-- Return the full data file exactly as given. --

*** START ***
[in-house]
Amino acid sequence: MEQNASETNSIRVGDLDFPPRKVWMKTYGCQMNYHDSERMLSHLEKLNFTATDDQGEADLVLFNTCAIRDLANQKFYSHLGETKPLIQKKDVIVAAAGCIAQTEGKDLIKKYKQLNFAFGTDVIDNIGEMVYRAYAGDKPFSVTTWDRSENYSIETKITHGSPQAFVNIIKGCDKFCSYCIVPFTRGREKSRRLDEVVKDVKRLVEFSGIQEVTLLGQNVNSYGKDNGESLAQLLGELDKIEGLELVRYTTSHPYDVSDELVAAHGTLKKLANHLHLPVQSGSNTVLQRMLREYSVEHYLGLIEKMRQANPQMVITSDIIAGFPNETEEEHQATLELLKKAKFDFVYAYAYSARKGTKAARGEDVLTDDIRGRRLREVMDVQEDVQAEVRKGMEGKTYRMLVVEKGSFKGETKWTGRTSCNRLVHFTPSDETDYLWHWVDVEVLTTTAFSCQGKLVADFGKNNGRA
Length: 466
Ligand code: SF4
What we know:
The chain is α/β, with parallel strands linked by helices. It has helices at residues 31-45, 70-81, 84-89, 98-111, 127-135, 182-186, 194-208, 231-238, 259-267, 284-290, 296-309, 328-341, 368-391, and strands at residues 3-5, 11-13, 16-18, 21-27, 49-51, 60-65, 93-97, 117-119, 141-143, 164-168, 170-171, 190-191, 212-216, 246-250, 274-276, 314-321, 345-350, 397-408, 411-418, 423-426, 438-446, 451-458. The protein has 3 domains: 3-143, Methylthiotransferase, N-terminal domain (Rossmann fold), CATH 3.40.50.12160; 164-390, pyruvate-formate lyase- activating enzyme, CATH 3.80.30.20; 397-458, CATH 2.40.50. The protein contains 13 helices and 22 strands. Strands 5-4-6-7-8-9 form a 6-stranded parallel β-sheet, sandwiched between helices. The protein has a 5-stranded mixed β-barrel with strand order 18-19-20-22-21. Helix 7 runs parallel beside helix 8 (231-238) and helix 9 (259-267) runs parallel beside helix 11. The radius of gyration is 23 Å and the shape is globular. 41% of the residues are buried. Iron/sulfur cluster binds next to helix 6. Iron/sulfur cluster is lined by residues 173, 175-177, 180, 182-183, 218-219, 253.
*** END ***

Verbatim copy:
[in-house]
Amino acid sequence: MEQNASETNSIRVGDLDFPPRKVWMKTYGCQMNYHDSERMLSHLEKLNFTATDDQGEADLVLFNTCAIRDLANQKFYSHLGETKPLIQKKDVIVAAAGCIAQTEGKDLIKKYKQLNFAFGTDVIDNIGEMVYRAYAGDKPFSVTTWDRSENYSIETKITHGSPQAFVNIIKGCDKFCSYCIVPFTRGREKSRRLDEVVKDVKRLVEFSGIQEVTLLGQNVNSYGKDNGESLAQLLGELDKIEGLELVRYTTSHPYDVSDELVAAHGTLKKLANHLHLPVQSGSNTVLQRMLREYSVEHYLGLIEKMRQANPQMVITSDIIAGFPNETEEEHQATLELLKKAKFDFVYAYAYSARKGTKAARGEDVLTDDIRGRRLREVMDVQEDVQAEVRKGMEGKTYRMLVVEKGSFKGETKWTGRTSCNRLVHFTPSDETDYLWHWVDVEVLTTTAFSCQGKLVADFGKNNGRA
Length: 466
Ligand code: SF4
What we know:
The chain is α/β, with parallel strands linked by helices. It has helices at residues 31-45, 70-81, 84-89, 98-111, 127-135, 182-186, 194-208, 231-238, 259-267, 284-290, 296-309, 328-341, 368-391, and strands at residues 3-5, 11-13, 16-18, 21-27, 49-51, 60-65, 93-97, 117-119, 141-143, 164-168, 170-171, 190-191, 212-216, 246-250, 274-276, 314-321, 345-350, 397-408, 411-418, 423-426, 438-446, 451-458. The protein has 3 domains: 3-143, Methylthiotransferase, N-terminal domain (Rossmann fold), CATH 3.40.50.12160; 164-390, pyruvate-formate lyase- activating enzyme, CATH 3.80.30.20; 397-458, CATH 2.40.50. The protein contains 13 helices and 22 strands. Strands 5-4-6-7-8-9 form a 6-stranded parallel β-sheet, sandwiched between helices. The protein has a 5-stranded mixed β-barrel with strand order 18-19-20-22-21. Helix 7 runs parallel beside helix 8 (231-238) and helix 9 (259-267) runs parallel beside helix 11. The radius of gyration is 23 Å and the shape is globular. 41% of the residues are buried. Iron/sulfur cluster binds next to helix 6. Iron/sulfur cluster is lined by residues 173, 175-177, 180, 182-183, 218-219, 253.